Thousands of pounds has been donated to help poorly youngsters with heart problems by the legendary cricket umpire Dickie Bird.
Mr Bird, who umpired dozens of international matches, presented a cheque for £20,000 to the Leeds Children's Heart Surgery Fund (CHSF) today (Tuesday).
The cash will help pay for life-saving equipment, accommodation for parents visiting children in hospital, clinical research and ward facilities.
Mr Bird made the donation during a visit to Leeds Children's Hospital, where he met youngsters including five-year-old Iris Lunt, from Menston, who is recovering from surgery.
Iris was diagnosed with coarctation of the aorta last year and her dad Matt has raised around £2,500 for CHSF after running the Greater Manchester Marathon.
He said: “It was great to meet Dickie today and I’m pleased he has donated to such a fantastic cause.
“Iris has had a tough time but we’re incredibly grateful to the children’s hospital here in Leeds and CHSF for giving her the best possible treatment.”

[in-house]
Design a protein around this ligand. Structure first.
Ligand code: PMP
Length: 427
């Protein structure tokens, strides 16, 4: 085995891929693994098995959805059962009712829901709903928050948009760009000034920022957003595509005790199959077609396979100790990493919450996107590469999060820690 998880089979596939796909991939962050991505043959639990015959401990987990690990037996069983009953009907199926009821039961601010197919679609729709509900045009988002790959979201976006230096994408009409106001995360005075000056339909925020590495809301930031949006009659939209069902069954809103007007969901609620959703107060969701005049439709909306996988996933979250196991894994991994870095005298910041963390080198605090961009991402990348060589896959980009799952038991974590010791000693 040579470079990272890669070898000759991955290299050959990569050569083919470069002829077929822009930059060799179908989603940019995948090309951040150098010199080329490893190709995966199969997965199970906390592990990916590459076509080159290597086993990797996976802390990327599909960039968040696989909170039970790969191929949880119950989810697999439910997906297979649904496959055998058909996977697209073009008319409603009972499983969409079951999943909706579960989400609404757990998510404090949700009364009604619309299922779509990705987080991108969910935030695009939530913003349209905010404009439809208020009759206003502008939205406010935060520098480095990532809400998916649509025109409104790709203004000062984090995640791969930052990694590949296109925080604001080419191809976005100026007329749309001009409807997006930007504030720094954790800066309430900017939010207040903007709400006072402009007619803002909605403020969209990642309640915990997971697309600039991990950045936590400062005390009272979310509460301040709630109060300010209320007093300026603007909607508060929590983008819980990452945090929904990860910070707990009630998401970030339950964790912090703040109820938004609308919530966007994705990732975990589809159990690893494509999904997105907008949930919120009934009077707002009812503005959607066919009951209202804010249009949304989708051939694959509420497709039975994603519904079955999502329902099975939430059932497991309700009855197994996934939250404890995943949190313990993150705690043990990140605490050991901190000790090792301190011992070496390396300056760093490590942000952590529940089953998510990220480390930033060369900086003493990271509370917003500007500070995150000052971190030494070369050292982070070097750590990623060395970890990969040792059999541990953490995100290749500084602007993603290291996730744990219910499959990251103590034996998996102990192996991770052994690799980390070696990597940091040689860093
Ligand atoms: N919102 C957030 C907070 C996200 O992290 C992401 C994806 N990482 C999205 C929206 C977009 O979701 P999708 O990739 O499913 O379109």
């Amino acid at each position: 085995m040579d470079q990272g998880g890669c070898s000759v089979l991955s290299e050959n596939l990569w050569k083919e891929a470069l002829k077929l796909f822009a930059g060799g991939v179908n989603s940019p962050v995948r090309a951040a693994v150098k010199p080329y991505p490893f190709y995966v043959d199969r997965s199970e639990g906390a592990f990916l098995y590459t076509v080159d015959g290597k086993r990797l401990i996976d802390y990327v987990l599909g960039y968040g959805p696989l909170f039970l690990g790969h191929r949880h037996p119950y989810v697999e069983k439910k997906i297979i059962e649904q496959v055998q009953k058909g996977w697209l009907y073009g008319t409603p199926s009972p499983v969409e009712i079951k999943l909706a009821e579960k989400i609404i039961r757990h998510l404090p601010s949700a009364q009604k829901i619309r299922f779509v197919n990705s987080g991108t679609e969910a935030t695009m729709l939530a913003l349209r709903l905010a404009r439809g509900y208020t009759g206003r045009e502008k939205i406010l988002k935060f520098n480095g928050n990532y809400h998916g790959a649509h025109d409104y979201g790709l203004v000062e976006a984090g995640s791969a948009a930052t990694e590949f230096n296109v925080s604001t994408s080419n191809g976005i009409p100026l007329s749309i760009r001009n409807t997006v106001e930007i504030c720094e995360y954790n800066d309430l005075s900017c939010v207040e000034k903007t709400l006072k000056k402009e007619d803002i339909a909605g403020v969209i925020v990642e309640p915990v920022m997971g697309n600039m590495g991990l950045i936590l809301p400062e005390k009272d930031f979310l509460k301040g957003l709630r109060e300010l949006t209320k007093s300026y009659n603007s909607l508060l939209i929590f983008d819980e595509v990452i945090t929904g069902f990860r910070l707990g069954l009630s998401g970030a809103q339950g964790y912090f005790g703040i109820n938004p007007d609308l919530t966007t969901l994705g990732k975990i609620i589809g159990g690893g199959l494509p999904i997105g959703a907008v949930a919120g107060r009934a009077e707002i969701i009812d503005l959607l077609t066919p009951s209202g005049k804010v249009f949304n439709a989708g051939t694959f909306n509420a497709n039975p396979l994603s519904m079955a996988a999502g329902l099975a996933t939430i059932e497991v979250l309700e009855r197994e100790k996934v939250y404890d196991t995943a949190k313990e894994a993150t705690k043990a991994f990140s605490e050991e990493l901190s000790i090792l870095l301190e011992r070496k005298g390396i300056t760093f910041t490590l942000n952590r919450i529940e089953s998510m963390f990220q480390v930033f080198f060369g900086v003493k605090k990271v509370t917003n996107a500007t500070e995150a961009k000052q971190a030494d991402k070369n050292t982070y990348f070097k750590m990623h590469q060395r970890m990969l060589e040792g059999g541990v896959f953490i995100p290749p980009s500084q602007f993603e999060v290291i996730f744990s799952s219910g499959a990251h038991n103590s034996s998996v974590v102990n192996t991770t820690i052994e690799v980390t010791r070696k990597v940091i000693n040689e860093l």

Mr Bird previously donated £30,000 to CHSF in November 2017 and became an ambassador for the charity.
He said: "I can’t think of a better use of my money than helping babies and children in my home county who need heart surgery to survive.
“Every time I visit the heart ward, I’m humbled to meet youngsters and their families facing the huge battles ahead with smiles on their faces.
“Their incredible bravery underlines why everyone should get behind this tremendous cause.”
Mr Bird's first donation went towards specialist equipment for a state-of-the-art “hybrid” cardiac facility at Leeds Children’s Hospital which was opened by the Countess of Wessex and will treat its first patient this month.
At today's event Julian Hartley, chief executive of Leeds Teaching Hospitals NHS Trust, said: “This is a fantastic donation that really goes a long way to supporting the great work of CHSF and directly helps the young patients cared for by our dedicated teams.
“I’m very grateful to Dickie for his generosity towards this important cause.”